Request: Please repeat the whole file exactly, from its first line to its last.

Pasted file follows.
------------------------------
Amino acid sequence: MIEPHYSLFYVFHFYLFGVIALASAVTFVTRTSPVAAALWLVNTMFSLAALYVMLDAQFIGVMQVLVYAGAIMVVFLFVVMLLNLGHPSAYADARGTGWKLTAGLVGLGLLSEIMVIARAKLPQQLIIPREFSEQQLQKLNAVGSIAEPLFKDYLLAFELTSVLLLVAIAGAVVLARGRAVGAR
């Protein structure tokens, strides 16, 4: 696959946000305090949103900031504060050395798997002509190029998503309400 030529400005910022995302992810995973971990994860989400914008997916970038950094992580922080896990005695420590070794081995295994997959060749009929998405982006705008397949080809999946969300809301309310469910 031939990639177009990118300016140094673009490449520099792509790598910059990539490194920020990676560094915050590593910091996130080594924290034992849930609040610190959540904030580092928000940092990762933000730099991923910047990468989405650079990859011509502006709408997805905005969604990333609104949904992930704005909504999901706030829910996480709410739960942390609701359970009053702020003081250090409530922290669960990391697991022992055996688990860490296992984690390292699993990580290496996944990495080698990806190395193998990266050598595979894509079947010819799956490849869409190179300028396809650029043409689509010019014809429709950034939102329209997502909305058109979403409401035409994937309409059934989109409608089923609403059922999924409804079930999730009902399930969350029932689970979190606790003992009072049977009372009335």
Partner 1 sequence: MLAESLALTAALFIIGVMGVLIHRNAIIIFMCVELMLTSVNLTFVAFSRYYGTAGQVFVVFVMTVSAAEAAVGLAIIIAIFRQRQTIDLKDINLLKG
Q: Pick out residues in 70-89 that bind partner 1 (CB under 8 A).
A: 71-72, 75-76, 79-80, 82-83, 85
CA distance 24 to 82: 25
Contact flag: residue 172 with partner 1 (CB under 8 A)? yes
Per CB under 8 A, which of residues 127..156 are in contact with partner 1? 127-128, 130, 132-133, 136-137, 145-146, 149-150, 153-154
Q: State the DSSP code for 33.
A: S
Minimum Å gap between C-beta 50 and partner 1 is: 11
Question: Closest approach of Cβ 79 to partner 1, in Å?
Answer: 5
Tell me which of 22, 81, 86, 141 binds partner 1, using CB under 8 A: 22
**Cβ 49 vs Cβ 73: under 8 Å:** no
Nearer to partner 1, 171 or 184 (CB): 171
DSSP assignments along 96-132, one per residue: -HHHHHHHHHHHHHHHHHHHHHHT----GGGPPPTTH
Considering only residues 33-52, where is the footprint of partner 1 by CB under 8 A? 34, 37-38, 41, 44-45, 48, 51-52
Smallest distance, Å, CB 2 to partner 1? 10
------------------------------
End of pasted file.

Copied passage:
Amino acid sequence: MIEPHYSLFYVFHFYLFGVIALASAVTFVTRTSPVAAALWLVNTMFSLAALYVMLDAQFIGVMQVLVYAGAIMVVFLFVVMLLNLGHPSAYADARGTGWKLTAGLVGLGLLSEIMVIARAKLPQQLIIPREFSEQQLQKLNAVGSIAEPLFKDYLLAFELTSVLLLVAIAGAVVLARGRAVGAR
């Protein structure tokens, strides 16, 4: 696959946000305090949103900031504060050395798997002509190029998503309400 030529400005910022995302992810995973971990994860989400914008997916970038950094992580922080896990005695420590070794081995295994997959060749009929998405982006705008397949080809999946969300809301309310469910 031939990639177009990118300016140094673009490449520099792509790598910059990539490194920020990676560094915050590593910091996130080594924290034992849930609040610190959540904030580092928000940092990762933000730099991923910047990468989405650079990859011509502006709408997805905005969604990333609104949904992930704005909504999901706030829910996480709410739960942390609701359970009053702020003081250090409530922290669960990391697991022992055996688990860490296992984690390292699993990580290496996944990495080698990806190395193998990266050598595979894509079947010819799956490849869409190179300028396809650029043409689509010019014809429709950034939102329209997502909305058109979403409401035409994937309409059934989109409608089923609403059922999924409804079930999730009902399930969350029932689970979190606790003992009072049977009372009335």
Partner 1 sequence: MLAESLALTAALFIIGVMGVLIHRNAIIIFMCVELMLTSVNLTFVAFSRYYGTAGQVFVVFVMTVSAAEAAVGLAIIIAIFRQRQTIDLKDINLLKG
Q: Pick out residues in 70-89 that bind partner 1 (CB under 8 A).
A: 71-72, 75-76, 79-80, 82-83, 85
CA distance 24 to 82: 25
Contact flag: residue 172 with partner 1 (CB under 8 A)? yes
Per CB under 8 A, which of residues 127..156 are in contact with partner 1? 127-128, 130, 132-133, 136-137, 145-146, 149-150, 153-154
Q: State the DSSP code for 33.
A: S
Minimum Å gap between C-beta 50 and partner 1 is: 11
Question: Closest approach of Cβ 79 to partner 1, in Å?
Answer: 5
Tell me which of 22, 81, 86, 141 binds partner 1, using CB under 8 A: 22
**Cβ 49 vs Cβ 73: under 8 Å:** no
Nearer to partner 1, 171 or 184 (CB): 171
DSSP assignments along 96-132, one per residue: -HHHHHHHHHHHHHHHHHHHHHHT----GGGPPPTTH
Considering only residues 33-52, where is the footprint of partner 1 by CB under 8 A? 34, 37-38, 41, 44-45, 48, 51-52
Smallest distance, Å, CB 2 to partner 1? 10